Even If You Can’t Control The Finished Product, You Can Still Master Your End

Comedian Martin Short is known for his meticulous preparation before his “ad lib” interviews on the late-night shows:

“What I do for a typical talk-show appearance, and I’m not exaggerating, is I’ll send in something like 18 pages ahead of time.”—Martin Short

Then he’ll spend 90 minutes—or more—chatting with the producer to cull the material into a maybe 10-minute conversation he’ll have with the host.

(It’s probably no coincidence The New Yorker named him the greatest talk show guest of all time.)

His theory is that while you can never control the finished product, you can darned well master your end.

That’s exactly how you can think about spreading your authority.

Can you control the questions show hosts and media will ask and in what order? Nope.

But you can prep for them like a master, channeling yourself a little Martin Short.

You start by dissecting the host—their point of view, their interview style, their hot buttons.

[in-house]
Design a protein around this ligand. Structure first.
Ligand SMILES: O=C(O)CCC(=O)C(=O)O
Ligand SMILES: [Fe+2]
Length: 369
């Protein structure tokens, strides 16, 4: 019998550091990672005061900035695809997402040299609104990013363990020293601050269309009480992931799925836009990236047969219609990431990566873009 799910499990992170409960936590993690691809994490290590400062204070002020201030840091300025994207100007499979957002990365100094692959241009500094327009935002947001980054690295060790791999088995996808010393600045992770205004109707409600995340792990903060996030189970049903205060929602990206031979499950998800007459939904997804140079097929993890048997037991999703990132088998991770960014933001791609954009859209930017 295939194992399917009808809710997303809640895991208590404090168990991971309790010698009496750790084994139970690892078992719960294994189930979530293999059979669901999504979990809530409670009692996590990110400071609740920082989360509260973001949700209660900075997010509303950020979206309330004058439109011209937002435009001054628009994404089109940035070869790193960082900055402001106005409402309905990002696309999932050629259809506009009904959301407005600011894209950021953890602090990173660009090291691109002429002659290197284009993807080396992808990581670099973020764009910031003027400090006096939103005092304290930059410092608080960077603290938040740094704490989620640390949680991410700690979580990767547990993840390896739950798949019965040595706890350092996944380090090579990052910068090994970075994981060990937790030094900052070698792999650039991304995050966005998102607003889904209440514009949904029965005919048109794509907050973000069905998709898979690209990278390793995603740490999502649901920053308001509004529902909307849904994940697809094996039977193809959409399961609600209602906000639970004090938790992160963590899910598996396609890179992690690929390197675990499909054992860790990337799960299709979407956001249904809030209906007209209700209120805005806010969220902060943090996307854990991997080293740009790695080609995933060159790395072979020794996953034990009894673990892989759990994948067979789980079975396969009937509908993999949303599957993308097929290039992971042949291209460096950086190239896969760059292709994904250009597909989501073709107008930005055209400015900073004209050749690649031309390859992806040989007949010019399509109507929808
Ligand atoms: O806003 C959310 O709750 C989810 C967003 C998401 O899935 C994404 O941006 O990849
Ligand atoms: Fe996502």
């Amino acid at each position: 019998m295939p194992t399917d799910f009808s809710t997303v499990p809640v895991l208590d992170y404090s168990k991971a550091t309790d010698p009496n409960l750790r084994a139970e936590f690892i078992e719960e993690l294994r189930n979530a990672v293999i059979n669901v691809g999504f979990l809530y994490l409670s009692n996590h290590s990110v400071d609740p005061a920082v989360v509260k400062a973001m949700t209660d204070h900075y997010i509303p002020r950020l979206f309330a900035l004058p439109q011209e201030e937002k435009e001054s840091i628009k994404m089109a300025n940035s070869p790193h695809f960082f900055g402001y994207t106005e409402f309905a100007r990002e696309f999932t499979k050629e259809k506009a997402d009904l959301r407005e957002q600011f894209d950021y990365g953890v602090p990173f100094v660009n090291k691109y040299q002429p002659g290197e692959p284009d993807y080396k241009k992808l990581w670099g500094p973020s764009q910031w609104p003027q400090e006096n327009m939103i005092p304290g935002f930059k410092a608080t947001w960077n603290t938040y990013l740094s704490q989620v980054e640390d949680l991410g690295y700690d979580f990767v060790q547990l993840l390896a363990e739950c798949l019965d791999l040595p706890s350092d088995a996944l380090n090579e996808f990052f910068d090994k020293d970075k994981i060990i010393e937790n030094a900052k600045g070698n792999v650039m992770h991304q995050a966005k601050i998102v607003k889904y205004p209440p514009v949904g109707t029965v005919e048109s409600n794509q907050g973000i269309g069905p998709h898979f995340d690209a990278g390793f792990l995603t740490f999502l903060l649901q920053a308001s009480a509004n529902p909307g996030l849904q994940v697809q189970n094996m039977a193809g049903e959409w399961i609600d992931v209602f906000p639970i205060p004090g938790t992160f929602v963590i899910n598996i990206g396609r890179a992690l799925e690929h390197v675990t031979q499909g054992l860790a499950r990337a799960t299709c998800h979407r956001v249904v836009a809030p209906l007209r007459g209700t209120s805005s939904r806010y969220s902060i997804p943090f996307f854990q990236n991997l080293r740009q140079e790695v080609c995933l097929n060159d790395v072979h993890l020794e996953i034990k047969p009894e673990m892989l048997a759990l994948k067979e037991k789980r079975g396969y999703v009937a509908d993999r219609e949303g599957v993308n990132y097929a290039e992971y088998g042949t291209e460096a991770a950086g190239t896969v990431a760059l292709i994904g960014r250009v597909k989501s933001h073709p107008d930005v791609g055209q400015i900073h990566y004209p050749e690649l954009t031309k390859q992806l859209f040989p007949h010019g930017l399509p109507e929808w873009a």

If you haven’t been a regular consumer of their stuff, you read, watch or listen to a few of their pieces so you’re not walking in cold (plus it gives you a few bread crumbs to throw down).

And then you apply all of that to what you’re preaching so you can meld the two into something memorable:

What is the overall theme I want to hit here?

Which of my material is most on-point for their audience at this particular time?

Which things will feel like catnip to the host?

What stories will best suit this interview and this situation? (You already have a small cadre of go-to stories, but this is more finely curated.)

What sound bites do I want to sprinkle throughout this interview?

And what do I want to “sell” in the brief (usually a minute or less) shot the host will offer me?

You will curate your best points—not scripting, which always rings false—so that you’re on-point with their audience and your point of view.

Every single time my clients or I do this, we’ve been thrilled with the results.

Try embracing the Martin Short approach on your next important interview and see how it shifts your results…

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